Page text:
Camera trapper hits jackpot with stunning video of 4 mountain lions near L.A.

Camera trapper hits jackpot with stunning video of 4 mountain lions near L.A.

Outdoors

Camera trapper hits jackpot with stunning video of 4 mountain lions near L.A.

A mother mountain lion with her three cubs are caught on a camera trapper’s motion sensor camera. Photo courtesy of © Robert Martinez of Parliament of Owls.

Robert Martinez, who is among a so-called group of camera trappers, has been searching for mountain lions in the wild since 2012, or ever since capturing “crystal clear” video of a mountain lion walking past his motion sensor video camera.

Hooked by this new hobby, Martinez sets several camera traps in likely areas visited by mountain lions in the Angeles National Forest above Glendora, some 27 miles west of Los Angeles.

He’s become quite good at it and recently hit the camera trapper jackpot when one of his cameras captured stunning video of a mountain lion mother quietly calling out to its three cubs on Sunset Ridge at sunset.

Martinez shared the video on his YouTube channel called Parliament of Owls, urging the volume be turned up to catch the mother’s callout:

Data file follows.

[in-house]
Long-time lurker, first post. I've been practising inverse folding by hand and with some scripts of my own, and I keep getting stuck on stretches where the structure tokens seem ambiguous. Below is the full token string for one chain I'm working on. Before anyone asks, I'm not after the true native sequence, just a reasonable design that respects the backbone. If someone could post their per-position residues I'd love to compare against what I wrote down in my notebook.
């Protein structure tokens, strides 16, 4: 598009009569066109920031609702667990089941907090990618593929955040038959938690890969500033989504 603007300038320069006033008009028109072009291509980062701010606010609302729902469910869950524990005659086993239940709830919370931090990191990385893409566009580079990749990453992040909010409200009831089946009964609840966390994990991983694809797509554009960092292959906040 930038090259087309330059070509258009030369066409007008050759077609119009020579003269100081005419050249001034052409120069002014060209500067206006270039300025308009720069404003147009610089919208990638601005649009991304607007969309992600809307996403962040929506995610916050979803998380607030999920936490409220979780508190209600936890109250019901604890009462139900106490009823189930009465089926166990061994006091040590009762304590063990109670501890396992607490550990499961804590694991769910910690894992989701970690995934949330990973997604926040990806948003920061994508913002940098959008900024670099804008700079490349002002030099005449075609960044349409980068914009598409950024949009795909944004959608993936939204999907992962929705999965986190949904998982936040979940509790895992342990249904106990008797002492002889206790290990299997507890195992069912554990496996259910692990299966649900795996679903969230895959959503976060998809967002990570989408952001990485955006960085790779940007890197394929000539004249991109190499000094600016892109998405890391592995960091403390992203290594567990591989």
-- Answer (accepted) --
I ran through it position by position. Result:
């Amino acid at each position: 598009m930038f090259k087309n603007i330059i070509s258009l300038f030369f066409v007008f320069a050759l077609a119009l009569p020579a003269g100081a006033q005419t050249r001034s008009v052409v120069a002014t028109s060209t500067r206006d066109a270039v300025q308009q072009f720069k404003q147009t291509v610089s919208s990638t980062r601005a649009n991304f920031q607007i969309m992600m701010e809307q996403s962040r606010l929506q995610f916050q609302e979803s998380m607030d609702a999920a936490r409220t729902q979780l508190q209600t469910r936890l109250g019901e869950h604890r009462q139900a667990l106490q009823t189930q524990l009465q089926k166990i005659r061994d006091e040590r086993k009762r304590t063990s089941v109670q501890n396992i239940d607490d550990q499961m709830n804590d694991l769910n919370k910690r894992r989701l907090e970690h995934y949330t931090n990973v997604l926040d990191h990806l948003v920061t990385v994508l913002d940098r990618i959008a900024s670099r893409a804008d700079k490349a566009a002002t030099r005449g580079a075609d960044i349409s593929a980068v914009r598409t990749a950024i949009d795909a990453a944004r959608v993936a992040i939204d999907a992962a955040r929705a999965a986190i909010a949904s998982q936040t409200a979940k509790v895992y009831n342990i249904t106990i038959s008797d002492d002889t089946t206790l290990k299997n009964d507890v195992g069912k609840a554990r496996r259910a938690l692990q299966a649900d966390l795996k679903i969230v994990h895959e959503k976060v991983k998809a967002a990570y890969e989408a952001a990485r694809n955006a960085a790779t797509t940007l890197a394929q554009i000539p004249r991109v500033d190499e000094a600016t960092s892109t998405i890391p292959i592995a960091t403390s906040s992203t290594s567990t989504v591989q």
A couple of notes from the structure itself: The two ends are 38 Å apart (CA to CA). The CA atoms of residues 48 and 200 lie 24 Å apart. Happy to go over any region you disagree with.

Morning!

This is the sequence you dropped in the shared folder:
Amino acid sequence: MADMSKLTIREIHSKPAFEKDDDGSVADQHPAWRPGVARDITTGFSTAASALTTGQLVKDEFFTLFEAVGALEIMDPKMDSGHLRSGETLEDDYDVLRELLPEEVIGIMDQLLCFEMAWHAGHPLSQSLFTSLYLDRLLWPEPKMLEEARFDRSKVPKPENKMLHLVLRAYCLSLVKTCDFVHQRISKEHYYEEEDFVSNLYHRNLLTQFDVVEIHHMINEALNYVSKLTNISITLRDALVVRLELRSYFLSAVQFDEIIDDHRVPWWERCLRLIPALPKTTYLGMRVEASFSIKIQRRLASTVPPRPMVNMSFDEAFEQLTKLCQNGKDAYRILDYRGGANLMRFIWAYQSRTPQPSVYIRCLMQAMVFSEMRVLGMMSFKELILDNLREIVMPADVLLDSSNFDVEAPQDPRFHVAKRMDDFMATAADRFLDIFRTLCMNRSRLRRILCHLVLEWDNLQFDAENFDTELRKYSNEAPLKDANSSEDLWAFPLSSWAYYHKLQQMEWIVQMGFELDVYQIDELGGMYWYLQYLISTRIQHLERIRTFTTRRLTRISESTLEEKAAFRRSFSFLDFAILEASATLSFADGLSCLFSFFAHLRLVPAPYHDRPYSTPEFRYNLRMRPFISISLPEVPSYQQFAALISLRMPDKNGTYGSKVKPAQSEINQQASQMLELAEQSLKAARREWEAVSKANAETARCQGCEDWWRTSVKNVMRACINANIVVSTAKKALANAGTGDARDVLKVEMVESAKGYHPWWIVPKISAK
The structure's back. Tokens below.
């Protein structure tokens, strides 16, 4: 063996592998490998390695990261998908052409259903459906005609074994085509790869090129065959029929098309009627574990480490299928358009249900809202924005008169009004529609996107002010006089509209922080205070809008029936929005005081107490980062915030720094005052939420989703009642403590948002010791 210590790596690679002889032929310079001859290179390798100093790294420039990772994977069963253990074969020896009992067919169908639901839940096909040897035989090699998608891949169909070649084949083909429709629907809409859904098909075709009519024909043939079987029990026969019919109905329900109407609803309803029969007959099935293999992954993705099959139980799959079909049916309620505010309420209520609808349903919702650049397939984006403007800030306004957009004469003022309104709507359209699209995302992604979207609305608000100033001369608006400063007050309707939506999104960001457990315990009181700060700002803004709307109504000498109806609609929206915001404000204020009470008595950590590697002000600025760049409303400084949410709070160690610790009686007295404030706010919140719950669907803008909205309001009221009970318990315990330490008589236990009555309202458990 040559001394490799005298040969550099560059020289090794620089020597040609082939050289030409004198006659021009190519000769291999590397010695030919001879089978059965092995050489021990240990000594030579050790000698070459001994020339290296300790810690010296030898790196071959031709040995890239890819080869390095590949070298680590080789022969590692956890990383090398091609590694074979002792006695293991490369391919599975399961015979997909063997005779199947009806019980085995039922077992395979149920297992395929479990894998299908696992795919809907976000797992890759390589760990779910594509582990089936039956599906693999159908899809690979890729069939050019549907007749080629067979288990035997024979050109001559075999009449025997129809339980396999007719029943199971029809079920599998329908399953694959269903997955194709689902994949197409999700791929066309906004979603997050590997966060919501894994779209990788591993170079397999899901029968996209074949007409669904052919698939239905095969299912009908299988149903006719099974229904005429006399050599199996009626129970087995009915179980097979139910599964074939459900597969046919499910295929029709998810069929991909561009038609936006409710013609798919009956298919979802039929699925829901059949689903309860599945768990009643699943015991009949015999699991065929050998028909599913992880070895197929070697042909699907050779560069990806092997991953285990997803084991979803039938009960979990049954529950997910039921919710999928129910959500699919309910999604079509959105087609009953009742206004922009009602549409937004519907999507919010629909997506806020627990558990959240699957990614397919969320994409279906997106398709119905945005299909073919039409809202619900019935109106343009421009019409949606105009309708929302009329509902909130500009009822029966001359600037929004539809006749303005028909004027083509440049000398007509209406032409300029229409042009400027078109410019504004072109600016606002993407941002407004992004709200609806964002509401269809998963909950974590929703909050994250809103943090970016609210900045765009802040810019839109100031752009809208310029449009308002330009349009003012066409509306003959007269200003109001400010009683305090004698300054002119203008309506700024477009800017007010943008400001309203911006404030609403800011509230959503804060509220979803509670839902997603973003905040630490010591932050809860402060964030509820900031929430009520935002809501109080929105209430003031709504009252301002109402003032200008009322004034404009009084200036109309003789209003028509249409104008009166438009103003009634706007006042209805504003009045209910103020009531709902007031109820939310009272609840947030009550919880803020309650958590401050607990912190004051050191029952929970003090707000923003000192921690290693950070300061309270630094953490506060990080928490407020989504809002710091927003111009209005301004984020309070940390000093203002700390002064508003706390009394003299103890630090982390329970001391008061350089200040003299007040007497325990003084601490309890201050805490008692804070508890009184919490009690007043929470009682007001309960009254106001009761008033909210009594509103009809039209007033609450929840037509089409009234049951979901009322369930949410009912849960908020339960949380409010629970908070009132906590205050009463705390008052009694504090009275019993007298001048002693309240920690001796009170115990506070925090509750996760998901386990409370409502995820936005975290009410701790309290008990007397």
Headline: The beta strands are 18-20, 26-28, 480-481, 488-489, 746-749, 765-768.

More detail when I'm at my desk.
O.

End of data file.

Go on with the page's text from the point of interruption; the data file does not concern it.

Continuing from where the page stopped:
“This video is definitely one of my favorites,” Martinez told USA Today.

“What you’re seeing is Limpy and her 10-month-old kittens returning to an area where I hadn’t seen them since November. So when she showed up on my video, and the sun was setting, I was really excited! I was waiting for her eventual return with her new litter.”

The video was featured in LA Observed and was subsequently shown on several Southern California television news outlets over the weekend.

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Martinez explained to USA Today that he nicknamed the mountain lion Limpy because of a limp in her rear right leg that he first noticed in 2013.

“Most of the lions I see on camera—over a dozen—I can’t identify because they don’t have any distinct characteristics, like a limp, a nick or a scar on their face,” Martinez said.

The camera trapper calls Limpy a “treasure” of the Angeles National forest for producing five healthy cougars in the last few years.

“Despite her limp, she is a symbol of survival and perseverance, able to hunt, feed and raise two litters of kittens,” Martinez wrote on Facebook. “I’m looking forward to seeing more of her and the family all throughout 2018.”

So are we.

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